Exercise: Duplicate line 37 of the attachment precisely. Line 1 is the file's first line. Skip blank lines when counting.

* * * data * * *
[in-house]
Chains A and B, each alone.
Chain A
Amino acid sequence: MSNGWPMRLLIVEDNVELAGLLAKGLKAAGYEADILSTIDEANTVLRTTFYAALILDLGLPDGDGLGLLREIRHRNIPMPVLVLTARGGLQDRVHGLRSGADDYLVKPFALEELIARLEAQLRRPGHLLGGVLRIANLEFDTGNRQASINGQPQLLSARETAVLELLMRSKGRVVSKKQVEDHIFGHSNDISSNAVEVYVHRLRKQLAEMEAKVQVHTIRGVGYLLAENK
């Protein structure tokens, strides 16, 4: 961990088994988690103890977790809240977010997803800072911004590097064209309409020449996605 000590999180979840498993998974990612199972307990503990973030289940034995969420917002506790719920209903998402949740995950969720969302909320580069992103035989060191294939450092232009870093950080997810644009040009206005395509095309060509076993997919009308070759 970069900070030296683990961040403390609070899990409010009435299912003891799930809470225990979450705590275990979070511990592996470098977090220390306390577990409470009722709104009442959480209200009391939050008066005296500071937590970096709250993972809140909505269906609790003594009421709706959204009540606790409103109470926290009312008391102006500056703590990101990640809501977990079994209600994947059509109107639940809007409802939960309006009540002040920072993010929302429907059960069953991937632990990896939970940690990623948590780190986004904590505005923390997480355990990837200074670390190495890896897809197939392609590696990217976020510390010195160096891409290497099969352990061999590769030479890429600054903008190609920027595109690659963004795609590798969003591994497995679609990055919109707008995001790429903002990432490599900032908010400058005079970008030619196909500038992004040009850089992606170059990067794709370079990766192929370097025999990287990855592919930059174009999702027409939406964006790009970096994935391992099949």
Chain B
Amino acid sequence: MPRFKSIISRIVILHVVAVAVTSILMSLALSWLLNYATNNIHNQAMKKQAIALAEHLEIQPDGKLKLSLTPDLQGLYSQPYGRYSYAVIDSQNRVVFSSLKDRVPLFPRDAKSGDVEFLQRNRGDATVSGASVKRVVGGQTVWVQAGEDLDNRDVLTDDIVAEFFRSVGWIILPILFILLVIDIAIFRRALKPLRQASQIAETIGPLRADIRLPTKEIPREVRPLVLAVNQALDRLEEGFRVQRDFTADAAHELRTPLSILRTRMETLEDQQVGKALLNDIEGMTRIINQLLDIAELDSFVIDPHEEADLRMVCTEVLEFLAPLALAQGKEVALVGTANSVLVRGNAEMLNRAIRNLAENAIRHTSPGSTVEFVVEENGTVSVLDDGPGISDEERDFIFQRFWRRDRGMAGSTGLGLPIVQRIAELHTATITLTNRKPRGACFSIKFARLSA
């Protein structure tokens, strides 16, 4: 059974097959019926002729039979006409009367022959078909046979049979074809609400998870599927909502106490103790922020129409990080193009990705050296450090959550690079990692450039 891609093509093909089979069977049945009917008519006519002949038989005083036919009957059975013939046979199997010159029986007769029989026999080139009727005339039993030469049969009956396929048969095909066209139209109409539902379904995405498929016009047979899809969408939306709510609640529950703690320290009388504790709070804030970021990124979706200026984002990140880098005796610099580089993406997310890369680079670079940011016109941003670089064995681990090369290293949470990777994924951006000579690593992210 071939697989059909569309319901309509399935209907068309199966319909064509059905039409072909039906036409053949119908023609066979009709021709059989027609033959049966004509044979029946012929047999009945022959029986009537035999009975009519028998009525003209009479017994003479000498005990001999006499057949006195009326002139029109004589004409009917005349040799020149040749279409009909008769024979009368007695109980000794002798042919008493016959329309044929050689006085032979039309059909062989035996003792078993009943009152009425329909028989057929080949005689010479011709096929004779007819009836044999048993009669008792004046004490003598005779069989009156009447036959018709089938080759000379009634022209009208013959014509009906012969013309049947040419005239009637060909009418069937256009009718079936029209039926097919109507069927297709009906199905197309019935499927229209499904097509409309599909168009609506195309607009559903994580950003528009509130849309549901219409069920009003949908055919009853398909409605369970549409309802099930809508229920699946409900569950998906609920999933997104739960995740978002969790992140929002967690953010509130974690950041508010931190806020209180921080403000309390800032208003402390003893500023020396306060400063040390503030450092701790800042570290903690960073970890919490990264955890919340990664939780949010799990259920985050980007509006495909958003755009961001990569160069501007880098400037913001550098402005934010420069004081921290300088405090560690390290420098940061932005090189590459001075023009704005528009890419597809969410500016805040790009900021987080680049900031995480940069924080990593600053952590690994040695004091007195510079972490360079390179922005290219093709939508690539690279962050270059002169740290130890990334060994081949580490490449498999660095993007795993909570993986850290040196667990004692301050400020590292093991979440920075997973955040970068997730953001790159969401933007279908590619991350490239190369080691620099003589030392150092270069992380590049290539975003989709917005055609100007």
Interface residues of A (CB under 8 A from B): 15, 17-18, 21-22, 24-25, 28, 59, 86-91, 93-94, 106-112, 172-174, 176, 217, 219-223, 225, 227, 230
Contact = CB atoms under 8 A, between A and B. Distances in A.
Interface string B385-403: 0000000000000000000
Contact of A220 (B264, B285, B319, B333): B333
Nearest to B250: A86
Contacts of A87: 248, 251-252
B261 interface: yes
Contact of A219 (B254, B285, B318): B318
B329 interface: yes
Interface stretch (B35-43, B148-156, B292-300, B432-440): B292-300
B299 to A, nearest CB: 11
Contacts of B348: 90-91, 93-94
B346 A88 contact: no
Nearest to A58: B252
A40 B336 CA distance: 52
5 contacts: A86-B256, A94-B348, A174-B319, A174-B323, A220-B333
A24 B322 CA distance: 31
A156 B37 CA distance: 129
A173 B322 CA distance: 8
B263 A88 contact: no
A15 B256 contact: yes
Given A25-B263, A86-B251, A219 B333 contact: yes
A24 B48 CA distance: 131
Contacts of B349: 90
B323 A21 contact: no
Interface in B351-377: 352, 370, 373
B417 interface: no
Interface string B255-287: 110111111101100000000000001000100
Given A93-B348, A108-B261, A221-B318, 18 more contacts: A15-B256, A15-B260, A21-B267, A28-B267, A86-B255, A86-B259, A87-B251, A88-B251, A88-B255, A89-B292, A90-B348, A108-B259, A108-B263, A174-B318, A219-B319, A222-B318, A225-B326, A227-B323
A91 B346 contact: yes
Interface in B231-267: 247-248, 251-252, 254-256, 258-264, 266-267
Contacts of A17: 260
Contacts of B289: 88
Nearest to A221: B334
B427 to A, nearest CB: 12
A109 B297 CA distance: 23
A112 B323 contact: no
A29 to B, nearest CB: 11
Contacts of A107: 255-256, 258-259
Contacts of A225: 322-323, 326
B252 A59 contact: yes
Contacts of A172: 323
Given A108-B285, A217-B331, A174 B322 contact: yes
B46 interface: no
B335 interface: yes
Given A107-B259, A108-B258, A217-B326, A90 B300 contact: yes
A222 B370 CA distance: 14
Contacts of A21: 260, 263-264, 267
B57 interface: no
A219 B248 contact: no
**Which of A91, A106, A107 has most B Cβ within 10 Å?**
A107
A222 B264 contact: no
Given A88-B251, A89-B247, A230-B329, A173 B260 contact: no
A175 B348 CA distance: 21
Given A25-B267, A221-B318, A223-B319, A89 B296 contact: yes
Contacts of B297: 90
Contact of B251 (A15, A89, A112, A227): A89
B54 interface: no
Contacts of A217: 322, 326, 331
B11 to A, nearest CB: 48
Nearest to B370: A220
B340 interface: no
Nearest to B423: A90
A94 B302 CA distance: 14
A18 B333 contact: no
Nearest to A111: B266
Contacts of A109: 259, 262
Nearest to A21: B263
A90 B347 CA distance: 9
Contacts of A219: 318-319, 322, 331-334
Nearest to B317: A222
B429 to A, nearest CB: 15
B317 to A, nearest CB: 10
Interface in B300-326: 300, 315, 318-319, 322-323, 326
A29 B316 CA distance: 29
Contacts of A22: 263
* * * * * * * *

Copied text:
Given A93-B348, A108-B261, A221-B318, 18 more contacts: A15-B256, A15-B260, A21-B267, A28-B267, A86-B255, A86-B259, A87-B251, A88-B251, A88-B255, A89-B292, A90-B348, A108-B259, A108-B263, A174-B318, A219-B319, A222-B318, A225-B326, A227-B323